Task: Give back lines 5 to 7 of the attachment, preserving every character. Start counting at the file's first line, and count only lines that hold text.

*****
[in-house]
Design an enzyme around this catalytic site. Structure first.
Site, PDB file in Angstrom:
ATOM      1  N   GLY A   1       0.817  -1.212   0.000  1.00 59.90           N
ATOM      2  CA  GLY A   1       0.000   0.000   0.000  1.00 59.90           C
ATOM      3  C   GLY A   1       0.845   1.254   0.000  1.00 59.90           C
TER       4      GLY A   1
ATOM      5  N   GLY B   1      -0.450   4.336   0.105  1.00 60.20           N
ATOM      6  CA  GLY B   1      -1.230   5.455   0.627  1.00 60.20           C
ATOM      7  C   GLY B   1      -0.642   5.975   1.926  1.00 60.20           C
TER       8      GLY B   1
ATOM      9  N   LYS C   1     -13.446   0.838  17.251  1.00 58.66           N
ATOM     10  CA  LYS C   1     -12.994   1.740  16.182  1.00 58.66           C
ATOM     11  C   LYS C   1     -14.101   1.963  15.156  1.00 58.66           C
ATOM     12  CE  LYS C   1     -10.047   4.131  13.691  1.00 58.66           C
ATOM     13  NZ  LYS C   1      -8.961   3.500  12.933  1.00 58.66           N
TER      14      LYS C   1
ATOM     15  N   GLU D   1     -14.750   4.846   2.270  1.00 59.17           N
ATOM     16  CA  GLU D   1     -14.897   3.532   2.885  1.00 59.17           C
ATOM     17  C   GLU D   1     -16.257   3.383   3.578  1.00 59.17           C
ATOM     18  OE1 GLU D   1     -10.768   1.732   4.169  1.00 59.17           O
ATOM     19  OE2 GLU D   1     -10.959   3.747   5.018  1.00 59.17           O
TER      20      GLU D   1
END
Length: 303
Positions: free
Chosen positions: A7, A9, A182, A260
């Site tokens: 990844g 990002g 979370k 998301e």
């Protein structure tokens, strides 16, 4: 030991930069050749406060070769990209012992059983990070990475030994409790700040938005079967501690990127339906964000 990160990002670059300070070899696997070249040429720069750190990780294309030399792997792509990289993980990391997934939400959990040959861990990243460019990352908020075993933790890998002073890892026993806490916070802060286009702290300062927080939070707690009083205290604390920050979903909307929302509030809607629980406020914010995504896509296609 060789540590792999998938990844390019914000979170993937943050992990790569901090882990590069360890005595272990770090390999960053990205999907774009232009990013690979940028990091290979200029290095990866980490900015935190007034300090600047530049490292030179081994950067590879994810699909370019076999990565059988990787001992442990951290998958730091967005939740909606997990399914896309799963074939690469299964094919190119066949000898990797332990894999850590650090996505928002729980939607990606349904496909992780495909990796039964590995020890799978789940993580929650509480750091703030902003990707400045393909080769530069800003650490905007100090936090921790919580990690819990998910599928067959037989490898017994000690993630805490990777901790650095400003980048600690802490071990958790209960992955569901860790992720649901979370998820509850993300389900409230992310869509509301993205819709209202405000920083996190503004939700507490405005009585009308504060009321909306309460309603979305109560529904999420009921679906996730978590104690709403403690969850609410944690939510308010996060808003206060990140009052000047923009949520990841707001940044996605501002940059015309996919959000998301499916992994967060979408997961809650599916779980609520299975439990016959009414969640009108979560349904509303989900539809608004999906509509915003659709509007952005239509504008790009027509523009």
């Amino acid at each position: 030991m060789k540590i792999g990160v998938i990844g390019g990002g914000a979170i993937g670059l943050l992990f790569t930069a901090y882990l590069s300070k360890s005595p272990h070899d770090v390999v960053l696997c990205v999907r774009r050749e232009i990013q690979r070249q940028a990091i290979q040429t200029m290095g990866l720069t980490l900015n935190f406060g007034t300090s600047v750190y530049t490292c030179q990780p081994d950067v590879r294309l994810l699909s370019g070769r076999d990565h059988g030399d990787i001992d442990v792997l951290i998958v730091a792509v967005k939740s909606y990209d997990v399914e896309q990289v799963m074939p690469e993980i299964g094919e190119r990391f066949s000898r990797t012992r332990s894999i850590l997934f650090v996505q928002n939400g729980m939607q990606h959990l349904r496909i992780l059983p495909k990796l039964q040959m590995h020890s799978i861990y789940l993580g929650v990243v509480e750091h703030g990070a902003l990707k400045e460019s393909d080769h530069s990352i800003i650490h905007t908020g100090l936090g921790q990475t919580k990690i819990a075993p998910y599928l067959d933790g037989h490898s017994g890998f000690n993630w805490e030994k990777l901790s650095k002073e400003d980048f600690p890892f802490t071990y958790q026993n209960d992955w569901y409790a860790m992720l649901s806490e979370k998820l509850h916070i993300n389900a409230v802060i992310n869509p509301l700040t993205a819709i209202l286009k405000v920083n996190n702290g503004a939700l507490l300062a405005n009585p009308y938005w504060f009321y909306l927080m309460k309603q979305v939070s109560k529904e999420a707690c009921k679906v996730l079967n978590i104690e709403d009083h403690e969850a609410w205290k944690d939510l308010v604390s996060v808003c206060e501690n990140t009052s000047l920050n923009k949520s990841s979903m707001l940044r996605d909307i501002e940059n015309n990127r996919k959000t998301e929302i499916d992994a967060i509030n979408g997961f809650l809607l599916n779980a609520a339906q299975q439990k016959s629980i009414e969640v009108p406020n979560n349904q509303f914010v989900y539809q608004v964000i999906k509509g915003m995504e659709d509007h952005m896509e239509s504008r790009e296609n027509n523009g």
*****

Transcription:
ATOM      2  CA  GLY A   1       0.000   0.000   0.000  1.00 59.90           C
ATOM      3  C   GLY A   1       0.845   1.254   0.000  1.00 59.90           C
TER       4      GLY A   1